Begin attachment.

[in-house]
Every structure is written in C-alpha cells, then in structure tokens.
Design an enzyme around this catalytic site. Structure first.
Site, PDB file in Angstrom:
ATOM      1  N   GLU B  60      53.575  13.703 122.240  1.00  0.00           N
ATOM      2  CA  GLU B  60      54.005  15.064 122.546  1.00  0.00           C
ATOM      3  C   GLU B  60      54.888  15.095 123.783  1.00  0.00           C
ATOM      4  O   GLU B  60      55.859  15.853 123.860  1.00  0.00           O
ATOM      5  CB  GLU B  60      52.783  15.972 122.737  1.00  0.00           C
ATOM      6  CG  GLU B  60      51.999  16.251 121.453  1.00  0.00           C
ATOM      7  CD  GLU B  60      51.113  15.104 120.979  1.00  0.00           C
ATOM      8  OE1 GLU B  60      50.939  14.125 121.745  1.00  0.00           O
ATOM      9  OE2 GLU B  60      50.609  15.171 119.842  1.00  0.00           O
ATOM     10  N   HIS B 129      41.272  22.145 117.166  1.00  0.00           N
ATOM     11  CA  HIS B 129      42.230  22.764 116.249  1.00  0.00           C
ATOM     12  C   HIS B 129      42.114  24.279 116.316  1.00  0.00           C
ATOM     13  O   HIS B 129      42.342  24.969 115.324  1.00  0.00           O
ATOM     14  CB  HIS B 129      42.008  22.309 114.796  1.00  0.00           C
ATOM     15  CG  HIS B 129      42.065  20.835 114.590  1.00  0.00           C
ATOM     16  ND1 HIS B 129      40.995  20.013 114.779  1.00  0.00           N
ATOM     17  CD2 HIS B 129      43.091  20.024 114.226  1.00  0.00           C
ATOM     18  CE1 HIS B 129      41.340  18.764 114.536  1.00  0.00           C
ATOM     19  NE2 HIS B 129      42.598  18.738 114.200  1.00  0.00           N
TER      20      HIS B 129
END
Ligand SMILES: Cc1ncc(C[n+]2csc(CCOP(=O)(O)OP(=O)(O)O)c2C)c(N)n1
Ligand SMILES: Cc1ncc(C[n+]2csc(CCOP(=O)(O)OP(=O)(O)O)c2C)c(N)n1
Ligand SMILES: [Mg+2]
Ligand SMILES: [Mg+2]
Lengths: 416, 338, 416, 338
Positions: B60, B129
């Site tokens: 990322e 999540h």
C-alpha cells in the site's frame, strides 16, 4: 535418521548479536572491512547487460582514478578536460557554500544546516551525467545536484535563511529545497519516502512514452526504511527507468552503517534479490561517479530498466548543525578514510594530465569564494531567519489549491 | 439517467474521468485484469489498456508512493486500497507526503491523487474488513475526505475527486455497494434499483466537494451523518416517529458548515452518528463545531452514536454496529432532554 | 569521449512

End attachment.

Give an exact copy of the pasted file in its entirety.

[in-house]
Every structure is written in C-alpha cells, then in structure tokens.
Design an enzyme around this catalytic site. Structure first.
Site, PDB file in Angstrom:
ATOM      1  N   GLU B  60      53.575  13.703 122.240  1.00  0.00           N
ATOM      2  CA  GLU B  60      54.005  15.064 122.546  1.00  0.00           C
ATOM      3  C   GLU B  60      54.888  15.095 123.783  1.00  0.00           C
ATOM      4  O   GLU B  60      55.859  15.853 123.860  1.00  0.00           O
ATOM      5  CB  GLU B  60      52.783  15.972 122.737  1.00  0.00           C
ATOM      6  CG  GLU B  60      51.999  16.251 121.453  1.00  0.00           C
ATOM      7  CD  GLU B  60      51.113  15.104 120.979  1.00  0.00           C
ATOM      8  OE1 GLU B  60      50.939  14.125 121.745  1.00  0.00           O
ATOM      9  OE2 GLU B  60      50.609  15.171 119.842  1.00  0.00           O
ATOM     10  N   HIS B 129      41.272  22.145 117.166  1.00  0.00           N
ATOM     11  CA  HIS B 129      42.230  22.764 116.249  1.00  0.00           C
ATOM     12  C   HIS B 129      42.114  24.279 116.316  1.00  0.00           C
ATOM     13  O   HIS B 129      42.342  24.969 115.324  1.00  0.00           O
ATOM     14  CB  HIS B 129      42.008  22.309 114.796  1.00  0.00           C
ATOM     15  CG  HIS B 129      42.065  20.835 114.590  1.00  0.00           C
ATOM     16  ND1 HIS B 129      40.995  20.013 114.779  1.00  0.00           N
ATOM     17  CD2 HIS B 129      43.091  20.024 114.226  1.00  0.00           C
ATOM     18  CE1 HIS B 129      41.340  18.764 114.536  1.00  0.00           C
ATOM     19  NE2 HIS B 129      42.598  18.738 114.200  1.00  0.00           N
TER      20      HIS B 129
END
Ligand SMILES: Cc1ncc(C[n+]2csc(CCOP(=O)(O)OP(=O)(O)O)c2C)c(N)n1
Ligand SMILES: Cc1ncc(C[n+]2csc(CCOP(=O)(O)OP(=O)(O)O)c2C)c(N)n1
Ligand SMILES: [Mg+2]
Ligand SMILES: [Mg+2]
Lengths: 416, 338, 416, 338
Positions: B60, B129
């Site tokens: 990322e 999540h």
C-alpha cells in the site's frame, strides 16, 4: 535418521548479536572491512547487460582514478578536460557554500544546516551525467545536484535563511529545497519516502512514452526504511527507468552503517534479490561517479530498466548543525578514510594530465569564494531567519489549491 | 439517467474521468485484469489498456508512493486500497507526503491523487474488513475526505475527486455497494434499483466537494451523518416517529458548515452518528463545531452514536454496529432532554 | 569521449512